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April Armstrong, MD, MPH, explains the effectiveness of interleukin (IL)-17 and IL-23 inhibitors in treating moderate to severe plaque psoriasis and psoriatic arthritis.
In an interview with HCPLive, Armstrong, associate dean of Clinical Research at Keck School of Medicine at the University of Southern California and the chief of the division of dermatology at the University of California, Los Angeles (UCLA) Health and the David Geffen School of Medicine at UCLA, discussed her lecture “IL-17 vs. IL-23 Inhibitors for Psoriasis: The Great Debate,” presented at the 2023 Fall Clinical Dermatology Conference.1
Armstrong emphasized interleukin (IL)-17 inhibitors and IL-23 inhibitors are highly effective treatments for patients with moderate to severe plaque psoriasis and psoriatic arthritis. As there are some subtle distinctions between these classes, it is crucial to consider variations exist even within the same class of inhibitors. IL-17 inhibitors are known for their robust skin clearance and rapid onset of action, making them attractive to patients seeking quick results. Additionally, these medications have demonstrated radiographic data indicating a reduction in psoriatic arthritis progression, which is especially beneficial for severe cases.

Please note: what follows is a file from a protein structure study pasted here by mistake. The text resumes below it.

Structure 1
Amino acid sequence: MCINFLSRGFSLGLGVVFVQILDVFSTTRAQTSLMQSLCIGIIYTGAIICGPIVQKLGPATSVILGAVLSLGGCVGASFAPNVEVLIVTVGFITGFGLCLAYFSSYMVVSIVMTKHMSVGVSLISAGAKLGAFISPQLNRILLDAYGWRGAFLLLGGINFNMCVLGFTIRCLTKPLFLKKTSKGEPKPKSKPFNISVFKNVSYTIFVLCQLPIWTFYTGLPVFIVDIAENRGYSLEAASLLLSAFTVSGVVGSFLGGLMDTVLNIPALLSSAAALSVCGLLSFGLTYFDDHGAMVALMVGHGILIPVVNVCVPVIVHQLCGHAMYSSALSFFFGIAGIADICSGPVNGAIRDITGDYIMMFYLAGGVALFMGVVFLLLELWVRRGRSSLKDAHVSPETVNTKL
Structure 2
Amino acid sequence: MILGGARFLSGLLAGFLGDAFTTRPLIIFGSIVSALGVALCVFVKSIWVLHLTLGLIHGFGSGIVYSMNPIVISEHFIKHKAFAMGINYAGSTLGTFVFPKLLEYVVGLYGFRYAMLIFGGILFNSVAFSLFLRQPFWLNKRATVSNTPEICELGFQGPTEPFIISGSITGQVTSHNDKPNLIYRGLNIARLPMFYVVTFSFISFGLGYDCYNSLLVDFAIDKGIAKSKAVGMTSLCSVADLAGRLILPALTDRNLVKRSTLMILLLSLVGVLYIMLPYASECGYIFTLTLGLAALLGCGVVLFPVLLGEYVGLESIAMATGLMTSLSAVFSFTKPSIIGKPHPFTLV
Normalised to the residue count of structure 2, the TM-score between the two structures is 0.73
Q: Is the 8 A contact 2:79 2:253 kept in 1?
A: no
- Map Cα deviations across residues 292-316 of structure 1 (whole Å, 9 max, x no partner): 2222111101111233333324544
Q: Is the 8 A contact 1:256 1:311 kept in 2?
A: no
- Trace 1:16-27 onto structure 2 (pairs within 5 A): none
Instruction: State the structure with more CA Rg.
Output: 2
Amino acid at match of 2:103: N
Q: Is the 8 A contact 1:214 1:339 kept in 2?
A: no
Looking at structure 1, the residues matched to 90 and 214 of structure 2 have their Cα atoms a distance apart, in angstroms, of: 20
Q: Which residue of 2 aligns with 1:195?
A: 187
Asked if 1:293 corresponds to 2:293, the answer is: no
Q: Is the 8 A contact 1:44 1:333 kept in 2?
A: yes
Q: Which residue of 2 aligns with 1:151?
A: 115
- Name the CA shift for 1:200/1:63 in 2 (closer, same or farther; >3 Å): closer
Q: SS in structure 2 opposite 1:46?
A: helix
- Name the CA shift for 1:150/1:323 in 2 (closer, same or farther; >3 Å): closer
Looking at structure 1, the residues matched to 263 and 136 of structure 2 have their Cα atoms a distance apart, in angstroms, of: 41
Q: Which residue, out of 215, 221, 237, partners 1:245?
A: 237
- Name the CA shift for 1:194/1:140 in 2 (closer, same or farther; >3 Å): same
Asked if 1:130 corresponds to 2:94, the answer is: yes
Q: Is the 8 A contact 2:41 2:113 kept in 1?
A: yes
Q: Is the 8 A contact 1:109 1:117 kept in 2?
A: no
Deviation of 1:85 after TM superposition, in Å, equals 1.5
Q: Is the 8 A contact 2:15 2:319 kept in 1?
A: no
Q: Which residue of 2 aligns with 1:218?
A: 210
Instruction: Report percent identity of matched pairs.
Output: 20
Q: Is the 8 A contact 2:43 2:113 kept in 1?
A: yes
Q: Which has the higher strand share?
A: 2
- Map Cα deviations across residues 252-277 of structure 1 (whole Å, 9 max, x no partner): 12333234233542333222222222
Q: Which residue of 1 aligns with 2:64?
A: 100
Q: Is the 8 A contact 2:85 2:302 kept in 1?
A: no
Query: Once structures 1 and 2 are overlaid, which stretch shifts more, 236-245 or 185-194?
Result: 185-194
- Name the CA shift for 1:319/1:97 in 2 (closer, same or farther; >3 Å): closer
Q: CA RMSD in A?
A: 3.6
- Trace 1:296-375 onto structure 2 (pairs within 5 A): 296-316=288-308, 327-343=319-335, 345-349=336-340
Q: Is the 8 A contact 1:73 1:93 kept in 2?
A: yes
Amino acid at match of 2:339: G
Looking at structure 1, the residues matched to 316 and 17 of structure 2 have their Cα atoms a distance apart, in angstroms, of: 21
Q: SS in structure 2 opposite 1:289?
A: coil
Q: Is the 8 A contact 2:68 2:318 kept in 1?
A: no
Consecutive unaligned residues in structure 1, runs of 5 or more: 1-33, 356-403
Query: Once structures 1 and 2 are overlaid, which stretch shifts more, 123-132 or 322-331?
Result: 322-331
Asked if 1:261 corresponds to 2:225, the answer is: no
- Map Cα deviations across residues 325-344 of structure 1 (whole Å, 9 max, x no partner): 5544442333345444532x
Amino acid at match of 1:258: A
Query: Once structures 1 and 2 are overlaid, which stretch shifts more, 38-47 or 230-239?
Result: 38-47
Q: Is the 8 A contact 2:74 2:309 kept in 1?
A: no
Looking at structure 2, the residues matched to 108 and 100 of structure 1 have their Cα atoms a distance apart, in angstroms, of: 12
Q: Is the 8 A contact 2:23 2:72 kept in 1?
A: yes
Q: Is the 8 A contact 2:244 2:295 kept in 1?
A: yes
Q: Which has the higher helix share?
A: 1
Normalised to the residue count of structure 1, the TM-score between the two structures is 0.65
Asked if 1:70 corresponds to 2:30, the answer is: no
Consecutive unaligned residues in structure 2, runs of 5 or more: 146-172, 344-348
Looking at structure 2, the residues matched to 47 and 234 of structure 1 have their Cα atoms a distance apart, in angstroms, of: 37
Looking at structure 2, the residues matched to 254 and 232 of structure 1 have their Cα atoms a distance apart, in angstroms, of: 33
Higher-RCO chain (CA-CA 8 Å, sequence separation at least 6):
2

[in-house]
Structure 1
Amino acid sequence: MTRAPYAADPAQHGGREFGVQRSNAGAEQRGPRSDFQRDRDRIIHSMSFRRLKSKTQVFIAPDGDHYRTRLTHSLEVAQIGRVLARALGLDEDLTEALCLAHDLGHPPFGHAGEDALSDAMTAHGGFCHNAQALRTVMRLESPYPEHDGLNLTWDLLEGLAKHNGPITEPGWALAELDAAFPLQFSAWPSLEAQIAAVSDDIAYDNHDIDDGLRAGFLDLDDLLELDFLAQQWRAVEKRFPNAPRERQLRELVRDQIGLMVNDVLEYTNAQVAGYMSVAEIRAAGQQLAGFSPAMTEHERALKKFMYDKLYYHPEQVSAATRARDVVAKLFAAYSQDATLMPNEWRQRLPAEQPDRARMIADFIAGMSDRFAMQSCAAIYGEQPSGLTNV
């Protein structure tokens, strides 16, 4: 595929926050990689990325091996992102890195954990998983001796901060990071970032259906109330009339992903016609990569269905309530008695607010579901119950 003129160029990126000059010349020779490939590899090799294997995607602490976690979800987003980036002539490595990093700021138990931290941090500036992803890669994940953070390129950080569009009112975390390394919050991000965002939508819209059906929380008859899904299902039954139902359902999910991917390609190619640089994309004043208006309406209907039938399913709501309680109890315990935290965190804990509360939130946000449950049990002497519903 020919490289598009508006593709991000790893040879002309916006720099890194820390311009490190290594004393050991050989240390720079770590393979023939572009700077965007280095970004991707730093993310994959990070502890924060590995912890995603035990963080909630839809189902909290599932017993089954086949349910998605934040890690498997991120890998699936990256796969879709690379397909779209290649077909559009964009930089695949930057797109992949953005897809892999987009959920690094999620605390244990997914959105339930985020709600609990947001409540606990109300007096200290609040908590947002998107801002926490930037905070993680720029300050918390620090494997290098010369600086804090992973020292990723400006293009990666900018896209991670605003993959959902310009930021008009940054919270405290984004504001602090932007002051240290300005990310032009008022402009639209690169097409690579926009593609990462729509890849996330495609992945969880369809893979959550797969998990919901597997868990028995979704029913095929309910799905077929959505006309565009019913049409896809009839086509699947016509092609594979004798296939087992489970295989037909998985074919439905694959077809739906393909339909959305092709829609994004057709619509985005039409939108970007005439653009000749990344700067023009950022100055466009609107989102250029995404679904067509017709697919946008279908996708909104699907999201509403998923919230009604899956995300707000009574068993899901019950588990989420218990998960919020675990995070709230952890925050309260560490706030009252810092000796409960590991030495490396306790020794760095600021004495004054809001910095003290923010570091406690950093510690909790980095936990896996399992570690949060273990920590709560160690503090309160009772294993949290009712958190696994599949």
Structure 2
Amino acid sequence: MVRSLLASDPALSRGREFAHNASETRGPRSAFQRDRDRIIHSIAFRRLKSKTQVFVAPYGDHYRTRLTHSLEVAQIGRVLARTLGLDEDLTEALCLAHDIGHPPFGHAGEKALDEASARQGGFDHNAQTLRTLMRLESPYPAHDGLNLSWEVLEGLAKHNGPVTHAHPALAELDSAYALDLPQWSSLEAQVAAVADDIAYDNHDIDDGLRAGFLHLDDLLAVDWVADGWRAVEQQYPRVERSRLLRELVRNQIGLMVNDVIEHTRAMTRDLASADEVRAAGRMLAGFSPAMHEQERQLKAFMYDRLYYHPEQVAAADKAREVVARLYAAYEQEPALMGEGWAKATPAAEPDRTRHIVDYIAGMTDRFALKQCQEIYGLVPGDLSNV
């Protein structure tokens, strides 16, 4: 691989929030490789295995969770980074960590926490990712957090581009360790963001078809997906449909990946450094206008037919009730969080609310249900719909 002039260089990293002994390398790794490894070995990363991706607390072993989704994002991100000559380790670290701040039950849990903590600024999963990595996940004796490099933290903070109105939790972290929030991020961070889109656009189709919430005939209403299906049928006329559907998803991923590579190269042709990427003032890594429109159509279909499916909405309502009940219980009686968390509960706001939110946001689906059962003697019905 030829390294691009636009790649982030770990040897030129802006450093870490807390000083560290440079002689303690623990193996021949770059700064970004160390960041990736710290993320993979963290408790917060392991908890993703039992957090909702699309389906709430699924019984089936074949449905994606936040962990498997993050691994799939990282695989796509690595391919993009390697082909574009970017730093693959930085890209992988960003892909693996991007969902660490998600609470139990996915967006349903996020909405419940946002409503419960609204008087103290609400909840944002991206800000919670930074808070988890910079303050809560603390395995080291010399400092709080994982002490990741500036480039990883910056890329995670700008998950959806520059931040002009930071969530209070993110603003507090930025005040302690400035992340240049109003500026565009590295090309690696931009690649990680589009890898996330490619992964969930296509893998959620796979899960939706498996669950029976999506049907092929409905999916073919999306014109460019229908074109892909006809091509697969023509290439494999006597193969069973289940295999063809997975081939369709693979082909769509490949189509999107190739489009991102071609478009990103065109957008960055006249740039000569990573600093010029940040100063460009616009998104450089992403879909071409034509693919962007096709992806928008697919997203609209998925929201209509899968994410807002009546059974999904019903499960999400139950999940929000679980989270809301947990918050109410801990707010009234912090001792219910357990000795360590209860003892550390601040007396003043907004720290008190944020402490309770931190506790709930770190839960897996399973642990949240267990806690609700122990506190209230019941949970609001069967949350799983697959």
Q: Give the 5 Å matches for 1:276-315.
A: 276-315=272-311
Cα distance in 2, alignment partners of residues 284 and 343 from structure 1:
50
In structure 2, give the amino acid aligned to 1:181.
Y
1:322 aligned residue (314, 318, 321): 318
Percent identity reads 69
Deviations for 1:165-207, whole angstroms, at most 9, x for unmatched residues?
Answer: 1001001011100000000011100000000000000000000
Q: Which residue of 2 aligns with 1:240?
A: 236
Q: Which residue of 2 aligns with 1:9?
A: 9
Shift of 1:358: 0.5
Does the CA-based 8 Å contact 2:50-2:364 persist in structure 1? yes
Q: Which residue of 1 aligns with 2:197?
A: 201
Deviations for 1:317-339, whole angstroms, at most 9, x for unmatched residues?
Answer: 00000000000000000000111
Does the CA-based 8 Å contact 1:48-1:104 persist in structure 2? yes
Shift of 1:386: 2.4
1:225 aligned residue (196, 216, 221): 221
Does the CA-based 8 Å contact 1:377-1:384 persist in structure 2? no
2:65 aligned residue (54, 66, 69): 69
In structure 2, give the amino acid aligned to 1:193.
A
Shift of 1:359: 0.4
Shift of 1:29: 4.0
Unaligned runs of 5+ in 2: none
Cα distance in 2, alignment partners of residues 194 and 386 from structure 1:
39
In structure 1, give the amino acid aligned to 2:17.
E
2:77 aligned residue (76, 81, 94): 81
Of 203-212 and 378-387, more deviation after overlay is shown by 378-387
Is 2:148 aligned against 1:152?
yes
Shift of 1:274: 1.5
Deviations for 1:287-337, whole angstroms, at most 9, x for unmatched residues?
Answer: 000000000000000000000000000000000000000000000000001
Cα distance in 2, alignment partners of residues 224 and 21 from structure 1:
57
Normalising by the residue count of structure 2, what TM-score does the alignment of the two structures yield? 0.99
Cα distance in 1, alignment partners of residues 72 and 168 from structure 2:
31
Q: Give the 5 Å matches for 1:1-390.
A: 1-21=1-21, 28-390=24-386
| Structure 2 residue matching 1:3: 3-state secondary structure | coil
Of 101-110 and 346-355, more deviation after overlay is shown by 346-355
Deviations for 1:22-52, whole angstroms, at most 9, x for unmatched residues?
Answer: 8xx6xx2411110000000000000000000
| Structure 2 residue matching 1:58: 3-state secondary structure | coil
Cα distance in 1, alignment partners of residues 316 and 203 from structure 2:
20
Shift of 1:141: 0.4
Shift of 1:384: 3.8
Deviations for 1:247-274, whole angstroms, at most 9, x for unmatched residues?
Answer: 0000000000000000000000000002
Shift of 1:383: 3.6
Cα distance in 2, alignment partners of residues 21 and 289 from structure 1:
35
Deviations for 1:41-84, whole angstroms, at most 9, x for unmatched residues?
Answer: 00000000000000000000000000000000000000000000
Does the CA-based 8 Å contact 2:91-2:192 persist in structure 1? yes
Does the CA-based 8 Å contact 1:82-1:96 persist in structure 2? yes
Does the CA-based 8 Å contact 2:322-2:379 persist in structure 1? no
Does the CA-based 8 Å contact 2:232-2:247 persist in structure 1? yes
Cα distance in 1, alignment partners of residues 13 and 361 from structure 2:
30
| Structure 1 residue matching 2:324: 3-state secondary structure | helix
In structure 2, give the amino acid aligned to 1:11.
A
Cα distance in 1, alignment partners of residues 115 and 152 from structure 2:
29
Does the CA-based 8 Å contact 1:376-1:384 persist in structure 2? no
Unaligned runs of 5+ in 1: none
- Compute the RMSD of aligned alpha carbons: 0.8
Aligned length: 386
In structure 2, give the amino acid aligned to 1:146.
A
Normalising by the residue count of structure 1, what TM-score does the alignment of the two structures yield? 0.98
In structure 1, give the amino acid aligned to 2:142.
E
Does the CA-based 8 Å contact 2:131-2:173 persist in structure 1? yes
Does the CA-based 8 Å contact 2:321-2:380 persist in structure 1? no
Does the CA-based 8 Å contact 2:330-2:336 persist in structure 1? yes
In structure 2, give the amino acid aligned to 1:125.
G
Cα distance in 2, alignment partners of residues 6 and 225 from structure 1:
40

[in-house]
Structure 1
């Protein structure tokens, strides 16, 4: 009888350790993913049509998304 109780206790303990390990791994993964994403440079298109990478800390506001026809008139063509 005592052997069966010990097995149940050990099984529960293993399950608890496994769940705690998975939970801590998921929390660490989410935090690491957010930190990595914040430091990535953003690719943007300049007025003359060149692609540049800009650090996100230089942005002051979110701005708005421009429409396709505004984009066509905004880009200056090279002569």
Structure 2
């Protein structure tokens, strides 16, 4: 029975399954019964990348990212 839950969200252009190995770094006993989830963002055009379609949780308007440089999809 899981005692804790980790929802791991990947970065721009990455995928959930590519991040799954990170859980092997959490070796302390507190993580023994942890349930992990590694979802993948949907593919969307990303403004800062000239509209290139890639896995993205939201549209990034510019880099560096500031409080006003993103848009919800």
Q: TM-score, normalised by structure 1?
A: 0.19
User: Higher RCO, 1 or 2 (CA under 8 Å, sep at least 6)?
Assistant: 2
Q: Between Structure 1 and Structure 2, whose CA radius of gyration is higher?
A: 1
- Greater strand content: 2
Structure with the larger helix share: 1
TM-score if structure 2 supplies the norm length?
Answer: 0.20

On the other hand, IL-23 inhibitors are characterized by their long-lasting effectiveness and infrequent dosing schedules, typically requiring injections every 2 or 3 months. This convenience is well-received by both patients and clinicians alike. Additionally, IL-23 inhibitors are often associated with a strong safety profile.
While both classes offer significant advantages, patient selection plays an important role in determining the most suitable treatment. She noted most IL-23 inhibitors are also approved for psoriatic arthritis treatment, although their ability to inhibit radiographic progression in such cases is still being studied, which offers potential benefits for the future.